# Price Earning Ratio

Most people know price earning ratio (P/E ratio or PE) and use it a way of value whether the stock is over-valued or not.

$PE=\frac{company\ market\ cap}{earning}=\frac{price\ per\ share}{earning\ per\ share}$

This number tells you how many years are required to earn your investment back (via earning) For example, usually $$PE\approx 15$$ is a standard for a fair value company. However, PE doesn’t consider the growth of company or the cost of your money.

The cost of money considers having x money now is more valuable than having the same amount of money in the future. The could result from the currency inflation, or you could invest this money in some almost safe way (e.g., US treasury anual return is about 1% now and was 4% before) and get more money back in the future.

# Price Earning Ratio for Growth Company

Let us consider this value for a growth company. Let assume the anual growth rate is x and cost of your money is y. We also starts with assumption that x and y is constant, which is unlikely to be true in real life.

To be able to profit from investment in T years, we should have:

$(1+y)^t\leq\sum_{t=1}^T{\frac{1}{PE}(1+x)^t}$

where PE is the PE of the invested company now. That means

$PE\leq\sum_{t=1}^T{(\frac{1+x}{1+y})^T}=\frac{1-(\frac{1+x}{1+y})^T}{1-\frac{1+x}{1+y}}$

Here we consider some examples here. Here I use US treasury bond long term anual return for y (4%) and gross profit year over year growth for x.

Company Current PE Growth x Years Required Value
Amazon 94 30% 14.3 Fair
Apple 35.67 10% 19.9 Slightly Over
Tesla 1334 50% 17 Fair

Again, I have assumed the company’s gross profit grows constantly in those years, which is unlikely to be true.

Here is the code

def year_of_return(PE, x, y=0.01):
ratio = (1 + x) / (1 + y)
if 1 + PE * (ratio - 1) <= 0.0:
return math.inf
return math.log(1 + PE * (ratio - 1)) / math.log(ratio)


# How Low Interest Rate Affects Valuation

People have observed the PE for the stocked market has increased significantly since 2020. To my understanding, this is because the low interest rate reduces the cost of your money (y). Let us check how it affects using the equation above with y=1%.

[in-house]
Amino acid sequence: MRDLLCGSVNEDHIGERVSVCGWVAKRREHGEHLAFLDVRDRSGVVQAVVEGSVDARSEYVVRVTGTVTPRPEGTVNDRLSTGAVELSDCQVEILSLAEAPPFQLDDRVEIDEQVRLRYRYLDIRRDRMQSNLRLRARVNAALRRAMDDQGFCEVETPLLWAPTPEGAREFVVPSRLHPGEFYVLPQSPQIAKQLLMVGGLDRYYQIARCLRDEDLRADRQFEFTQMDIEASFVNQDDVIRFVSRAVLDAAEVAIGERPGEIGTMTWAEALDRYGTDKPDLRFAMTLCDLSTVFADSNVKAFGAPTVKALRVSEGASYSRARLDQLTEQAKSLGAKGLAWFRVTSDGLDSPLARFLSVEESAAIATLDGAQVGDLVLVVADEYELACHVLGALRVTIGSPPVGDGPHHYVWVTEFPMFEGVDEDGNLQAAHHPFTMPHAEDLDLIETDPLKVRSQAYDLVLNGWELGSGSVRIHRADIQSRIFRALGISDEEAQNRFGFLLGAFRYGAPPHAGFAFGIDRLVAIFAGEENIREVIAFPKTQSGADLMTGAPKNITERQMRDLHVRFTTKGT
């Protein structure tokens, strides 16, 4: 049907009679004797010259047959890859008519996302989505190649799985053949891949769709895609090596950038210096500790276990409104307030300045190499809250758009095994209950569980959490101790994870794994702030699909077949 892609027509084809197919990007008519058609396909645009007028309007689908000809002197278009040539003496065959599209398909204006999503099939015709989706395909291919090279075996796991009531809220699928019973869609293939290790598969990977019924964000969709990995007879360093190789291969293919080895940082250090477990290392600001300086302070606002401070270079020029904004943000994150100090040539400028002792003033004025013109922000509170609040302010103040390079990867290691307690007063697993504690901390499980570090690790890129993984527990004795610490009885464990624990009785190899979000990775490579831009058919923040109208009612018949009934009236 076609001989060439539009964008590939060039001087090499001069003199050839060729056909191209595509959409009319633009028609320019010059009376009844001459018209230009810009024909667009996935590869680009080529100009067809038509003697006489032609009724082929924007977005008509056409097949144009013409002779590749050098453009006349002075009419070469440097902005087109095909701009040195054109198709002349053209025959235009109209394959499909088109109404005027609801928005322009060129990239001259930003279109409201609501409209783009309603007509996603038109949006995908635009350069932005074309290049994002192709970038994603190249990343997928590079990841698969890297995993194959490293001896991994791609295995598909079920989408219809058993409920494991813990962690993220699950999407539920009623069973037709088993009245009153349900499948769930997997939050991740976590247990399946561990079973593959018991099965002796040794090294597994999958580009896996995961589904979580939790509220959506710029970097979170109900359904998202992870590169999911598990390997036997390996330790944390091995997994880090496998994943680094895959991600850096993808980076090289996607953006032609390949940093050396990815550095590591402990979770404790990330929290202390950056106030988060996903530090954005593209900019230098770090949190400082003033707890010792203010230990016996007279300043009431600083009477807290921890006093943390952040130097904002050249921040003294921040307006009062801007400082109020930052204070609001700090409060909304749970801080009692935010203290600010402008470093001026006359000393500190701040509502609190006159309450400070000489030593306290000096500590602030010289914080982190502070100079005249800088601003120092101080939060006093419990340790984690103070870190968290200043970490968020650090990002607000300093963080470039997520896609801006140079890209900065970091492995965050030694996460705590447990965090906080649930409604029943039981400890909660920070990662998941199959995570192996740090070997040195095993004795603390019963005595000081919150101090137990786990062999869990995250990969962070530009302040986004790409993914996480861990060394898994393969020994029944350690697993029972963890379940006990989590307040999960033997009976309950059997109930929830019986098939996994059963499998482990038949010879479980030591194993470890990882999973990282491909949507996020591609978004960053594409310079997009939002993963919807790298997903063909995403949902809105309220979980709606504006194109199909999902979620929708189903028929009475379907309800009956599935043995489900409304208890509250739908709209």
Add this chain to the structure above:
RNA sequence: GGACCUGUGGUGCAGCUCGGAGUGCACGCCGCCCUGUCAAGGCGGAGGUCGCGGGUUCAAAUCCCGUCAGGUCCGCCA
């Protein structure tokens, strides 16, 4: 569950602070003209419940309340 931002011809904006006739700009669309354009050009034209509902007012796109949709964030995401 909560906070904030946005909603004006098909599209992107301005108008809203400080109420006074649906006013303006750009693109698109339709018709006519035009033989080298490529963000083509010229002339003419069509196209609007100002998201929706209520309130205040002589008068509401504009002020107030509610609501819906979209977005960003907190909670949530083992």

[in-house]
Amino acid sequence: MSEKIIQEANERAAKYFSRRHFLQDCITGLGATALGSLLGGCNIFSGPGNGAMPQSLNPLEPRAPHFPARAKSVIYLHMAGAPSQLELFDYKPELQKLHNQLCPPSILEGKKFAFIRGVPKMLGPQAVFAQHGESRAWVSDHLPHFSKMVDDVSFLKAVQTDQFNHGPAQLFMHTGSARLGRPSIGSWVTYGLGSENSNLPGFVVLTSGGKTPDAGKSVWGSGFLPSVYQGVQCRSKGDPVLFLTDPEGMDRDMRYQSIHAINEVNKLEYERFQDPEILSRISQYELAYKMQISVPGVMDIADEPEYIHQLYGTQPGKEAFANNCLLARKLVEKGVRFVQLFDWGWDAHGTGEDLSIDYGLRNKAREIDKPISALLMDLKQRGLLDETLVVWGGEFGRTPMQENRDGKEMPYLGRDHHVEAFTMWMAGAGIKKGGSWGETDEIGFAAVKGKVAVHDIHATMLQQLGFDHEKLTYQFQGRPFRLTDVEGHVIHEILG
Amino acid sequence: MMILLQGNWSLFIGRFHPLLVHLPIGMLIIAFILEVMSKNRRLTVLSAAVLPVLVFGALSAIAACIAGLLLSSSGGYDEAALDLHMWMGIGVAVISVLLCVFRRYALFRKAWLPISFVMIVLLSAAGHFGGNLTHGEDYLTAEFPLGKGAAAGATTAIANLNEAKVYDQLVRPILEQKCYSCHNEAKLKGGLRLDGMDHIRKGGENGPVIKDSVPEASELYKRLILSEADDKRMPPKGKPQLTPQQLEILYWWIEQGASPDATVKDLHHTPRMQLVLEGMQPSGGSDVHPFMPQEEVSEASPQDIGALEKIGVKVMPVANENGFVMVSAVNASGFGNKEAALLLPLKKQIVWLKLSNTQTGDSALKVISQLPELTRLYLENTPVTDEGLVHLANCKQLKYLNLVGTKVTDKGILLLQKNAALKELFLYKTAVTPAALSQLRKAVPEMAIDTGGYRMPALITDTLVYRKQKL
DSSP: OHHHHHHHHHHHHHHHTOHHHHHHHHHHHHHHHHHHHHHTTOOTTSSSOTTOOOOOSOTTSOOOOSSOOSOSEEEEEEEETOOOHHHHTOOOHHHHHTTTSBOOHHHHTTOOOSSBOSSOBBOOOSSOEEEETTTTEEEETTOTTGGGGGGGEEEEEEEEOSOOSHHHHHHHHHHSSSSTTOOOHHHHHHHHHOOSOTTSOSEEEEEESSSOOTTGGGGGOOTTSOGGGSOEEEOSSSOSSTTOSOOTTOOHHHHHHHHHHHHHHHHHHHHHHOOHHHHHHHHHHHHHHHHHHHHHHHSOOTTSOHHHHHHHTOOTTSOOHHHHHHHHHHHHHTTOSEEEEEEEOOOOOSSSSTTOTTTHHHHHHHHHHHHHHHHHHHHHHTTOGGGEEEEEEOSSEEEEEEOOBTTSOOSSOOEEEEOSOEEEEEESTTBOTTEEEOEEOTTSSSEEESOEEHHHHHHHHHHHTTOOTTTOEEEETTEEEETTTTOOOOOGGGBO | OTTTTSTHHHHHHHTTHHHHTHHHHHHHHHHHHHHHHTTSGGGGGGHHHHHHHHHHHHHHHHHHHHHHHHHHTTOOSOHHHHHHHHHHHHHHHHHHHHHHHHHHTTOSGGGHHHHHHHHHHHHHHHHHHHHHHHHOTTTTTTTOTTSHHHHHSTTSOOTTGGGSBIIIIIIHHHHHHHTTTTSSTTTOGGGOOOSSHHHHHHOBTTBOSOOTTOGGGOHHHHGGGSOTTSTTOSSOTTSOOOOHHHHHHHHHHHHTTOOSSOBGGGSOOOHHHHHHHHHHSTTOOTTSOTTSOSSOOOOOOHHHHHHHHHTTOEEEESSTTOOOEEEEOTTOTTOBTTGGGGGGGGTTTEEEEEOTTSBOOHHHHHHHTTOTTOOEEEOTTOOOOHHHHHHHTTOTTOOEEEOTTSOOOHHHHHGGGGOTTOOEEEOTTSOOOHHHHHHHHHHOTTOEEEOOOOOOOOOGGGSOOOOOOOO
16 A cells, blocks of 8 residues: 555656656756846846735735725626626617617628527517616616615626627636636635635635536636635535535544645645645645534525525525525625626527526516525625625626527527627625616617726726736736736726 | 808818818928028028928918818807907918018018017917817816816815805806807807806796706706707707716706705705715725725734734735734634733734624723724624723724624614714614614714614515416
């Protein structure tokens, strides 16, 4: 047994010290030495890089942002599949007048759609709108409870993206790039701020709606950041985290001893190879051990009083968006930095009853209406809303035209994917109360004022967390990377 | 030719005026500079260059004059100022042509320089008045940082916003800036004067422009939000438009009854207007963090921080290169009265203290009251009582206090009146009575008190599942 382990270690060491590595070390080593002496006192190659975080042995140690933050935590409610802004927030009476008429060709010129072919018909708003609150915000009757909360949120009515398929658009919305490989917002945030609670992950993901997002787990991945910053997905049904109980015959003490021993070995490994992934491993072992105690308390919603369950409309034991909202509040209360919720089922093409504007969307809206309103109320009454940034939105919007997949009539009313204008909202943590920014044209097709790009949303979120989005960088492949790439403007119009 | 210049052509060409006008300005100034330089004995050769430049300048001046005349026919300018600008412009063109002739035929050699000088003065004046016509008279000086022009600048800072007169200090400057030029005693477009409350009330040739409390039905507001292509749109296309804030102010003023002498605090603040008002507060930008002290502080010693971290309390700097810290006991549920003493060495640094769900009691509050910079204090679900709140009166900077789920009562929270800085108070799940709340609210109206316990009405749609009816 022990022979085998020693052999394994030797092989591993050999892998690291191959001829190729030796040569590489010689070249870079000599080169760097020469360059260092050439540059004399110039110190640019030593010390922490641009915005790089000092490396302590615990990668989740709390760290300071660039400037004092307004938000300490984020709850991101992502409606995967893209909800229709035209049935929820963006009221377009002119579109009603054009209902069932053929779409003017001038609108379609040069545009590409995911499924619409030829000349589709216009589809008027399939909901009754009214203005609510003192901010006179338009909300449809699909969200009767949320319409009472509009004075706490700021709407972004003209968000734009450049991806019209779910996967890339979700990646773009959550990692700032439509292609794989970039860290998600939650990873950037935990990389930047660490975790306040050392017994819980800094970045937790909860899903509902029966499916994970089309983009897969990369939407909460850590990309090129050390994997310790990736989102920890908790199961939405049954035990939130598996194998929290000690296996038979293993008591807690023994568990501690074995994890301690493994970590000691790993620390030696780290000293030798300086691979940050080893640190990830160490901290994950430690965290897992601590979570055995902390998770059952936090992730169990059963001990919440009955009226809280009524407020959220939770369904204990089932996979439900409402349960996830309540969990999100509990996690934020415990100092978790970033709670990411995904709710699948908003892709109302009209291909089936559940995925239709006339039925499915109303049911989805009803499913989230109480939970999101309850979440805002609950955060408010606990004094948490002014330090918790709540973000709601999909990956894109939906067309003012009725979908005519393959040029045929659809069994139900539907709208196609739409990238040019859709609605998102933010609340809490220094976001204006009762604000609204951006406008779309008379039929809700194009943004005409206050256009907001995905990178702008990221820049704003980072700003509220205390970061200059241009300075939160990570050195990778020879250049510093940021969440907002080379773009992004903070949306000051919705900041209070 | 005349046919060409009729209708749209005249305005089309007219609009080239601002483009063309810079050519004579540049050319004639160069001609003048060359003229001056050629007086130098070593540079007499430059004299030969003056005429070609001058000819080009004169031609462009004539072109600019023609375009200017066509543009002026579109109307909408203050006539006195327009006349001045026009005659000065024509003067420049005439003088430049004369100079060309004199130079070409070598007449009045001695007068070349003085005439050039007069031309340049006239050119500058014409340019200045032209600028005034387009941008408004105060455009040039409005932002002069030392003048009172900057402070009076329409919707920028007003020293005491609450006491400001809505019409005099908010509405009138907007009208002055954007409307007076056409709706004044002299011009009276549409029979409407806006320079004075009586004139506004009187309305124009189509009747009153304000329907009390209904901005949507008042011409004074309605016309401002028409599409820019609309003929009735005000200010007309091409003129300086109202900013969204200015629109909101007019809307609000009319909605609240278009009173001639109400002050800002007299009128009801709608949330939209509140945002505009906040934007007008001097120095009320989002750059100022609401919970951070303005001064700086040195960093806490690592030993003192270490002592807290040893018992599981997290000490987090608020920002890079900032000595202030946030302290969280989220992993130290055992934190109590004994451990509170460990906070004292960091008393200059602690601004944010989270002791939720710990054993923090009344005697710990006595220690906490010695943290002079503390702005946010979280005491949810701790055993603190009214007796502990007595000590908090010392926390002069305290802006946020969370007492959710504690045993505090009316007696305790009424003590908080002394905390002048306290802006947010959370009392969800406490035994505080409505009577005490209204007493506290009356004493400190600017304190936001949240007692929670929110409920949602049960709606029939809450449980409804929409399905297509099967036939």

Company Current PE Growth x Years Required (y=4%) Years Required (y=1%)
Amazon 94 30% 14.3 13.2
Apple 35.67 10% 19.9 16.8
Tesla 1334 50% 17 16

Obviously, as the cost of your money reduced from 4.4% to 1%, the number of years required to get your investment back get reduced.

We could compute what will be the starting PE for fair value (assuming T=15).

Company Growth x Actual PE Fair Value PE for y=1% Fair Value PE fory=4%
Amazon 30% 94 150 109
Apple 10% 35.67 29 22
Tesla 50% 1334 775 547

It also indicates fair-value PE ratio is affected more by the intereste rate for the higher growth company than the lower growth company.

Here is the code

import math

def pe_from_return(x, t=15, y=0.01):
ratio = (1 + x) / (1 + y)
return (ratio ** t - 1) / (ratio - 1)


# How Growth Rate Affects Valuation

Similar we could compute the required years for return over different growth rate. Here we assume y=1%:

Growth x\Year Required for PE 15 50 100 1000
0% 16.2 68.7 463.8 Inf
10% 9.9 19.9 26.9 52.7
20% 7.8 13.6 17.3 30.4
30% 6.6 10.8 13.4 22.4
40% 5.9 9.2 11.3 18.2
50% 5.3 8.2 9.9 15.6
100% 4.0 5.7 6.7 10.1
150% 3.5 4.8 5.5 8.1
200% 3.1 4.2 4.9 7.0

Or y =4.4%.

Growth x\Year Required for PE 15 50 100 1000
0% 23.2 inf inf inf
10% 11.3 24.9 35.4 76.6
20% 8.4 15.3 19.9 36.0
30% 7.0 11.8 14.8 25.1
40% 6.2 9.9 12.1 19.9
50% 5.6 8.6 10.5 16.8
100% 4.1 5.9 7.0 10.5
150% 3.5 4.9 5.7 8.3
200% 3.2 4.3 5.0 7.1

This table shows how important the growth rate. Again constant growth rate is assumed hered and it is unlikely to be true.

# Reference

Written on January 30, 2021